The products and services you offer immediately give you a hint about what your target audience wants and needs. But it’s even more important to look deeper beneath the surface and identify the patterns and characteristics which connect those within your target audience. This is where the concept of a buyer persona comes into play, and we’ll help you identify them!
First we'll cover the basics of what a buyer persona is and how to create one. Then we'll look into some tips to use data and information already at your disposal that you may have overlooked. We’ll answer the questions of how many buyer personas you should have and how much you should prioritize them.
What are buyer personas?
A buyer persona is the fictional representation of your ideal customer. For example, a coffee shop might identify its primary buyer persona as a 26 year old woman who is single and looking for a calm place to take her midday coffee. This isn’t a persona simply taken out of thin air. It is a description that can be attributed to a good quantity of the customers of this coffee shop.
In order to accurately depict your buyer persona, you need to establish which characteristics define them. We'll discuss these characteristics in detail but right at the start it's important to dive into this process knowing that it’s different and unique for each business. It’s up to you to use the information below and apply to your own distinct context.
Gender can be a defining factor for one business's buyer persona, for a specific clothing or cosmetics brand, for instance. On the other hand, it could be an entirely irrelevant factor for a certain supermarket or a gas station that has people of all ages as primary customers, in which case other socio-economic factors and location are more important. Finding the key characteristics that define your buyer persona is your task. The examples in the following paragraphs can be valuable hints for which criteria are relevant for your business in particular.
Map out your buyer persona
Age, gender, and occupation are excellent starting points. Other possible factors to use as guidelines are education level, marital status, children, household income, geographical location, etc. The physical location is particularly important with the concept of outdoor advertising in mind. It’s all about messaging at the right place and time. For that we need to be aware of a business’s surroundings and the people who pass by on a daily basis.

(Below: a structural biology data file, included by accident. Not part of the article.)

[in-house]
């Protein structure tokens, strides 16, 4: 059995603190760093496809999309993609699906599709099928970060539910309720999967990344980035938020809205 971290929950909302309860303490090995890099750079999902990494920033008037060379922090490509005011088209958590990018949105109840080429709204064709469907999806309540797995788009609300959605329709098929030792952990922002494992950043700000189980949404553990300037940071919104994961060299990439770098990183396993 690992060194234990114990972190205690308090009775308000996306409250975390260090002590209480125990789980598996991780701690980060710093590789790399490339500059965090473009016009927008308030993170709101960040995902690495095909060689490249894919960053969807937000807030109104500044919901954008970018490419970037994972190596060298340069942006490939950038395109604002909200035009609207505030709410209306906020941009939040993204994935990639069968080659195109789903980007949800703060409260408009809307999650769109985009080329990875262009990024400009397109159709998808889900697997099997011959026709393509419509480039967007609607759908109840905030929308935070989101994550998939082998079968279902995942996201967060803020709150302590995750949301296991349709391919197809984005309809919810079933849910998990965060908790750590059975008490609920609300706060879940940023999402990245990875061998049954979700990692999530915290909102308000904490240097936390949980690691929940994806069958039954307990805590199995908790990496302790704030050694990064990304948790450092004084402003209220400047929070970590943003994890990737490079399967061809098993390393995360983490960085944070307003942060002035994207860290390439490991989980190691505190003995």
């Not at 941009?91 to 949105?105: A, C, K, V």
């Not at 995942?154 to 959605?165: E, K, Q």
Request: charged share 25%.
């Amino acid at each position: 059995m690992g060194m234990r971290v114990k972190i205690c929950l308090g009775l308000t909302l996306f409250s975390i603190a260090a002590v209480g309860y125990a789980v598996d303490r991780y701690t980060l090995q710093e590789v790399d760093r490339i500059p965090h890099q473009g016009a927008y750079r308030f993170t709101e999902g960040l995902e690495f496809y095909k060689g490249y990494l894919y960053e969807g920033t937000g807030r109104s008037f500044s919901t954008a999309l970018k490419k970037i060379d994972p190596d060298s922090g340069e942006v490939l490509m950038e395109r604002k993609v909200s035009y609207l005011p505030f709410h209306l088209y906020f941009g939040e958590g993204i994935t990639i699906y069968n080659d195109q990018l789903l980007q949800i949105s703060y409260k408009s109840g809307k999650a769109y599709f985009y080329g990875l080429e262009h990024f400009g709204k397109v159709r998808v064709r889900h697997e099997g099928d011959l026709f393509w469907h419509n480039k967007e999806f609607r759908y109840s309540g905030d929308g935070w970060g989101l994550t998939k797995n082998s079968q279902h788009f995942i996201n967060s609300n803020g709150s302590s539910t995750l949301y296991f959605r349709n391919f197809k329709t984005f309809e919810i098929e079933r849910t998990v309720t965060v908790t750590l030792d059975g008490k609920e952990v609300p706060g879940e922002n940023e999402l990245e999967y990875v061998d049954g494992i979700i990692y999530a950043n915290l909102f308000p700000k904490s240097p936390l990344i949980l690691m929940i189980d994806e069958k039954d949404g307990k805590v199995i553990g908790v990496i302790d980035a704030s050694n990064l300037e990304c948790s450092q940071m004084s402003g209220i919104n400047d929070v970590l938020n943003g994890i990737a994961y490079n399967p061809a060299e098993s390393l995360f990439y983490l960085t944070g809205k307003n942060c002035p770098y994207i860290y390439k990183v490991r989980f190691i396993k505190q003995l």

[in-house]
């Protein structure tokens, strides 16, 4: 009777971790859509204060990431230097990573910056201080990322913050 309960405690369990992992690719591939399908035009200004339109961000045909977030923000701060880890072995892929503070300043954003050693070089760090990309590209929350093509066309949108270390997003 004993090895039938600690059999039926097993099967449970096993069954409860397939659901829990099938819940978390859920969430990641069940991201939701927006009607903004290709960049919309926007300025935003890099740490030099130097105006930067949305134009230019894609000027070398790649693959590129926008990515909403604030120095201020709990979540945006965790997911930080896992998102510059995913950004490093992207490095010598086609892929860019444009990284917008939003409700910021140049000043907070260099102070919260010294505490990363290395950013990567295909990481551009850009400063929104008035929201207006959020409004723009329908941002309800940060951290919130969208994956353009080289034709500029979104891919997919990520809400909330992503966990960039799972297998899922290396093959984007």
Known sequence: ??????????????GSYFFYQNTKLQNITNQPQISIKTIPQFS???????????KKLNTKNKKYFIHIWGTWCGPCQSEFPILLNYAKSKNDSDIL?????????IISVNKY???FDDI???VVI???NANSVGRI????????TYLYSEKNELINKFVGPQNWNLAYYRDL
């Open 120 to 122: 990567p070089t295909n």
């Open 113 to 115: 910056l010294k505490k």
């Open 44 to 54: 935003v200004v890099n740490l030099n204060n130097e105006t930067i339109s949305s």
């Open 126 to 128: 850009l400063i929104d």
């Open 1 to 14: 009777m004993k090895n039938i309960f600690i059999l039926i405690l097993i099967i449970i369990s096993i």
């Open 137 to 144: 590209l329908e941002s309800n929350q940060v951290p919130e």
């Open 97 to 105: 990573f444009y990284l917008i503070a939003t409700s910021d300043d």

As you begin noting down these relevant characteristics, you’ll quickly notice that you can specify some factors more easily and in more detail than others. These are the ones you need to build your content around. If your buyer persona is anyone aged 15 and up, it’s likely that age and the pop culture associated with an age bracket won’t be a very important factor to base your content on.
In the world of coffee shops, imagine a buyer persona being any single woman aged 18-25 who drinks coffee daily after class or work, is very outgoing, and responds very well to discounts. Immediately you have a good idea for your next ad.
Let’s move over to the world of marketing to see another example. Here, if you’re selling advertising space, your buyer persona could be a young marketing director no older than 30, male or female, eager to prove themselves and find original marketing ideas for their business. With this individual in your mind, you can see how presenting your ad space as a creative canvas for marketing ideas can go a long way in persuading such a person.
Use the data you have at your disposal
If your business has been around for some time, you likely already have some sources of information at the ready. Social media is an excellent tool in this context. It allows you to not only see the demographics that identify your buyer persona but also see the interests of your followers.
While social media can be a powerful tool, your sales information is your true well of knowledge. Even if you’re unsatisfied with your sales at this point, paying attention to buyer characteristics can help you improve sales. If you see a spike in traffic at a certain time each day, or at a certain point within the week, see what causes it.